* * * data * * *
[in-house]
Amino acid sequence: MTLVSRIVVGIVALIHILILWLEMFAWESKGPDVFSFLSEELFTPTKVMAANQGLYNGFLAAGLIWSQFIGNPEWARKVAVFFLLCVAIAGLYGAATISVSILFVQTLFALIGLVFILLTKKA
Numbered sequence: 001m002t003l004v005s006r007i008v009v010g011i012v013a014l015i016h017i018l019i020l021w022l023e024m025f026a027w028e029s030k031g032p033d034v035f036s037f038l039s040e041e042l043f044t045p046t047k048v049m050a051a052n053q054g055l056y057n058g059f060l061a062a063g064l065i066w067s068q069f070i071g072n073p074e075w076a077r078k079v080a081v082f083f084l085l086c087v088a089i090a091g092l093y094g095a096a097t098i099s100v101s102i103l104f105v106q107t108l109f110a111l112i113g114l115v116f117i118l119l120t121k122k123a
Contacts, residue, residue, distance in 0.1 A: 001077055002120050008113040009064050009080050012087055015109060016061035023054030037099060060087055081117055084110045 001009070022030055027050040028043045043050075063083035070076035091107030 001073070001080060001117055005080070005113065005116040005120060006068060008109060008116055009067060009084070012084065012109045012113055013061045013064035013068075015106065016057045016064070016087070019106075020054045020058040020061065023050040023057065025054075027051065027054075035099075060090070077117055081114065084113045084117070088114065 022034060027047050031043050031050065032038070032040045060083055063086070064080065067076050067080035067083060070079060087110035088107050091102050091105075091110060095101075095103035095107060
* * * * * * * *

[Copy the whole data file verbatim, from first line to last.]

[in-house]
Amino acid sequence: MTLVSRIVVGIVALIHILILWLEMFAWESKGPDVFSFLSEELFTPTKVMAANQGLYNGFLAAGLIWSQFIGNPEWARKVAVFFLLCVAIAGLYGAATISVSILFVQTLFALIGLVFILLTKKA
Numbered sequence: 001m002t003l004v005s006r007i008v009v010g011i012v013a014l015i016h017i018l019i020l021w022l023e024m025f026a027w028e029s030k031g032p033d034v035f036s037f038l039s040e041e042l043f044t045p046t047k048v049m050a051a052n053q054g055l056y057n058g059f060l061a062a063g064l065i066w067s068q069f070i071g072n073p074e075w076a077r078k079v080a081v082f083f084l085l086c087v088a089i090a091g092l093y094g095a096a097t098i099s100v101s102i103l104f105v106q107t108l109f110a111l112i113g114l115v116f117i118l119l120t121k122k123a
Contacts, residue, residue, distance in 0.1 A: 001077055002120050008113040009064050009080050012087055015109060016061035023054030037099060060087055081117055084110045 001009070022030055027050040028043045043050075063083035070076035091107030 001073070001080060001117055005080070005113065005116040005120060006068060008109060008116055009067060009084070012084065012109045012113055013061045013064035013068075015106065016057045016064070016087070019106075020054045020058040020061065023050040023057065025054075027051065027054075035099075060090070077117055081114065084113045084117070088114065 022034060027047050031043050031050065032038070032040045060083055063086070064080065067076050067080035067083060070079060087110035088107050091102050091105075091110060095101075095103035095107060